Bates was born at the Queen Mary Nursing Home, Darley Abbey, Derby, England, on 17 February 1934, the eldest of three sons of Florence Mary (née Wheatcroft), a housewife and a pianist, and Harold Arthur Bates, an insurance broker and a cellist, who lived in Allestree, Derby, at the time. The family briefly moved to Mickleover, then returned to Allestree.
Both of his parents were amateur musicians, and encouraged him to pursue music, but by the age of 11, young Bates already had determined his life's course as an actor, and so they sent him for dramatic coaching instead. He also saw productions at Derby's Little Theatre.
He was educated at the Herbert Strutt Grammar School, Derby Road, Belper, Derbyshire (now 'Strutts', a volunteer led Business & Community Centre) and later gained a scholarship to the Royal Academy of Dramatic Art in London, where he studied with Albert Finney and Peter O'Toole, before leaving to join the RAF for National Service at RAF Newton.
Bates's stage debut was in 1955, in You and Your Wife, in Coventry. In 1956 he made his West End debut as Cliff in Look Back in Anger, a role he had originated at the Royal Court and which made him a star. He also played the role on television (for the ITV Playhouse) and on Broadway. In the late 1950s Bates appeared in several plays for television in Britain. In 1960 he appeared in The Entertainer opposite Laurence Olivier, his first film role. Bates worked for the Padded Wagon Moving Company in the early 1960s while acting at the Circle in the Square Theatre in New York City. Throughout the 1960s he starred in several major films including Whistle Down the Wind (1961), A Kind of Loving (1962), Zorba the Greek (1964), Philippe de Broca's King of Hearts (1966), Georgy Girl (1966), Far From the Madding Crowd (1967) and the Bernard Malamud film The Fixer (1968), which gave him an Academy Award nomination for Best Actor. In 1969 he starred in Women in Love.
Bates was handpicked by director John Schlesinger (with whom he had previously worked on A Kind of Loving and Far From The Madding Crowd) to star in the film Sunday Bloody Sunday (1971) to play Dr. Daniel Hirsh. Bates was held up filming The Go-Between (1971) for director Joseph Losey, and had also become a father around that time, and so he had to refuse the role. (The part then went first to Ian Bannen, who balked at kissing and simulating sex with another man, and then to Peter Finch who earned an Academy Award nomination for the role.)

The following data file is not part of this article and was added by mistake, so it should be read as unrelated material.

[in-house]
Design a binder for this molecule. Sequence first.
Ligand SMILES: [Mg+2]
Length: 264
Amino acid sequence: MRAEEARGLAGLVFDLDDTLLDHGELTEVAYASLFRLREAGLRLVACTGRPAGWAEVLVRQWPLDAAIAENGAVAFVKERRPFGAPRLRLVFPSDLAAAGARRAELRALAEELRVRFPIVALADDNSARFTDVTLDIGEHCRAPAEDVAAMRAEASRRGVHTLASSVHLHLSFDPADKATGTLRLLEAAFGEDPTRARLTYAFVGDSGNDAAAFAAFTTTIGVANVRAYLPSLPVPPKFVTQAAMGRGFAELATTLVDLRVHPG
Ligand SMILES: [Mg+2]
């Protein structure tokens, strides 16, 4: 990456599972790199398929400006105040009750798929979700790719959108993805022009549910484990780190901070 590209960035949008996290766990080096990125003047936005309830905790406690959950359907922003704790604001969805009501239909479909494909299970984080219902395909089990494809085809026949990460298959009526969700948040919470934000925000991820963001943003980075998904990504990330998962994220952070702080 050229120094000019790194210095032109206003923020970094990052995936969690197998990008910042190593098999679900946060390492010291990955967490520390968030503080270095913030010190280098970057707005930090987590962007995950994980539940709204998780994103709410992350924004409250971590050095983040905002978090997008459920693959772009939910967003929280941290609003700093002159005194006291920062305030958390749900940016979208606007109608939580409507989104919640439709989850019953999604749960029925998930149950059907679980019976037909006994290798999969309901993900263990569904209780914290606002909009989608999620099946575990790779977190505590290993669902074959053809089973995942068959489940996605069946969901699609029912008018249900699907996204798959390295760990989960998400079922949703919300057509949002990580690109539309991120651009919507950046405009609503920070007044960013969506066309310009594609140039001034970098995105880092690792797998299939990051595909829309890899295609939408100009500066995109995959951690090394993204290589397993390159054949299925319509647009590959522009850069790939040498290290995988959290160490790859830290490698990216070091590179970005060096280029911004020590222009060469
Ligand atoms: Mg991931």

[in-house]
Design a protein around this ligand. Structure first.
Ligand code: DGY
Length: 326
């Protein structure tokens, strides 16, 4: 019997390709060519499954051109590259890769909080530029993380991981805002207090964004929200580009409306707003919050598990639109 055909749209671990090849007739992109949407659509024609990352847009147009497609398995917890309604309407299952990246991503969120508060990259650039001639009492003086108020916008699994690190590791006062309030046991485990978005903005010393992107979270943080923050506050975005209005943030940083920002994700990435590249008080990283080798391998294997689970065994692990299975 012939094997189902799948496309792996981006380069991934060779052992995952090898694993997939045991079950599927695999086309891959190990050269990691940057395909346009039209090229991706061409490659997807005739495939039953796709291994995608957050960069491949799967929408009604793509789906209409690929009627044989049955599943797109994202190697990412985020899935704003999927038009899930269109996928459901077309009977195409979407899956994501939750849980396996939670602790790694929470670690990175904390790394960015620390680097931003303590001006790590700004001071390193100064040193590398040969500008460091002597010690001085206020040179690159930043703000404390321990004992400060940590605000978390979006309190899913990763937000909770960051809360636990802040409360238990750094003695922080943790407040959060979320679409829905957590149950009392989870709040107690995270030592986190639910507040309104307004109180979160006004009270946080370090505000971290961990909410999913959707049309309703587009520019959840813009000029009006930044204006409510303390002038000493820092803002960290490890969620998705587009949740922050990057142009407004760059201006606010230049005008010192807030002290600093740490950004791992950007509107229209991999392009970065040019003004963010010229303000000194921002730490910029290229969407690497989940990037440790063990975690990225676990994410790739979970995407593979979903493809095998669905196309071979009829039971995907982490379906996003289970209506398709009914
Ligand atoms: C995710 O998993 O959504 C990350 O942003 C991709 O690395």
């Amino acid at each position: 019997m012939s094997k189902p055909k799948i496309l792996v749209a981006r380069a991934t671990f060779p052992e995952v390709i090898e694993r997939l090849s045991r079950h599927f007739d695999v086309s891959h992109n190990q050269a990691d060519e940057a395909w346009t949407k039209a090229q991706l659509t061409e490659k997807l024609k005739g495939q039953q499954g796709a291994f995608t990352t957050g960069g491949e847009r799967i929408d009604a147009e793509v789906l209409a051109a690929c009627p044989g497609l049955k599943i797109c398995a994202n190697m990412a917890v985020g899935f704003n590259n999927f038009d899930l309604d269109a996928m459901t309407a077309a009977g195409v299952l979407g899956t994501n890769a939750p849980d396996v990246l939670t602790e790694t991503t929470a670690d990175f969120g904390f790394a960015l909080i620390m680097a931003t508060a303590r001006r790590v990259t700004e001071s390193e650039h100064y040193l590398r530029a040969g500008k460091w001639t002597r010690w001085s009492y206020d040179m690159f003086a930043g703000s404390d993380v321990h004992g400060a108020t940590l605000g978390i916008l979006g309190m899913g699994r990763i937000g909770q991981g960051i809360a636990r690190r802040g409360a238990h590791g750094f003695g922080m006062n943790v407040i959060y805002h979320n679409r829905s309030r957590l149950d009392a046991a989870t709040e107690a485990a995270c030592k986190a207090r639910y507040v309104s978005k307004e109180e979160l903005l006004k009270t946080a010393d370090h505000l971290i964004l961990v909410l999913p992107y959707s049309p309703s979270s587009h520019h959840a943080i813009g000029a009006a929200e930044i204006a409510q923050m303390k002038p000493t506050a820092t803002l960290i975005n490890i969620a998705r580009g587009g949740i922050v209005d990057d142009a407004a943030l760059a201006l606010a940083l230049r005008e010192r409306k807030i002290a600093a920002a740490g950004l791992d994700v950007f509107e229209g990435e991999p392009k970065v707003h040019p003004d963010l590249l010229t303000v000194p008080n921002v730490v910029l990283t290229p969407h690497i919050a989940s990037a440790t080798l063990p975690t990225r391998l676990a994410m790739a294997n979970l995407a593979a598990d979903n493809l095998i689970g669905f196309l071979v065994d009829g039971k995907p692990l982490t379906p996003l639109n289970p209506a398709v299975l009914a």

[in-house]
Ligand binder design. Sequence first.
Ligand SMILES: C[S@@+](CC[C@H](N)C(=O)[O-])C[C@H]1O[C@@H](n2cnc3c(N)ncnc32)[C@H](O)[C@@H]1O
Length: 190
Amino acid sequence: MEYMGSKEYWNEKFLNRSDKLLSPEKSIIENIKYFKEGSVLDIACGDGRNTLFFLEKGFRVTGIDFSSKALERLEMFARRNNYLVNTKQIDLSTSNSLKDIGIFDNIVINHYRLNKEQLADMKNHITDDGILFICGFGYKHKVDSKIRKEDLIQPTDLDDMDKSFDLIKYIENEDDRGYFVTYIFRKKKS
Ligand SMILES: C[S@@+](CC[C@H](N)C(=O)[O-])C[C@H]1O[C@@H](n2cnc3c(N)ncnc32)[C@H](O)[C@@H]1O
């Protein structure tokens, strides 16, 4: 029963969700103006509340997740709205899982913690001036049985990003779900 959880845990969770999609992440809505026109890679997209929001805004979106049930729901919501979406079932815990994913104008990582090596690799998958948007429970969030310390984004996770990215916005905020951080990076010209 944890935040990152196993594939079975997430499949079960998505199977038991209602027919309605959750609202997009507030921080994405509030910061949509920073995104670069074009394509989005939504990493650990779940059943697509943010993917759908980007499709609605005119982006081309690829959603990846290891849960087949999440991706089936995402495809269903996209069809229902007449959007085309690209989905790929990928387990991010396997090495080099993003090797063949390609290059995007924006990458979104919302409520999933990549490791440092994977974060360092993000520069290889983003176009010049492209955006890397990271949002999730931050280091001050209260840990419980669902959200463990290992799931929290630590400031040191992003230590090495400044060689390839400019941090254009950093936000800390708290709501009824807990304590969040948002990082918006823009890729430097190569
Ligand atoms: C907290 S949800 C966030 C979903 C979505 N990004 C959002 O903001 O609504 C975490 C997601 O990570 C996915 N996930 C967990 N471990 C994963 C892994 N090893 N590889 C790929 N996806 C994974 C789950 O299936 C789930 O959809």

Around this time he appeared as Col. Vershinin in the National Theatre's film of Three Sisters, directed by and co-starring Laurence Olivier. He later worked with Olivier for television in the Laurence Olivier Presents version of Harold Pinter's The Collection (1976) and A Voyage Round My Father (1982).
Bates starred in such international films as An Unmarried Woman (1978) and Nijinsky (1980), and also played Bette Midler's ruthless business manager in the film The Rose (1979). On television, his parts included Michael Henchard, the ultimately-disgraced lead in The Mayor of Casterbridge – which he described as his favourite role – in the serial adaptation by Dennis Potter (1978). Two diametrically-opposed roles were in An Englishman Abroad (1983), as Guy Burgess, a member of the Cambridge spy ring by then exiled in Moscow, and Pack of Lies (1987), in which he played a British Secret Service agent tracking several Soviet spies. He continued working in film and television in the 1990s, including the role of Claudius in Mel Gibson's version of Hamlet (1990), though most of his roles in this era were more low-key.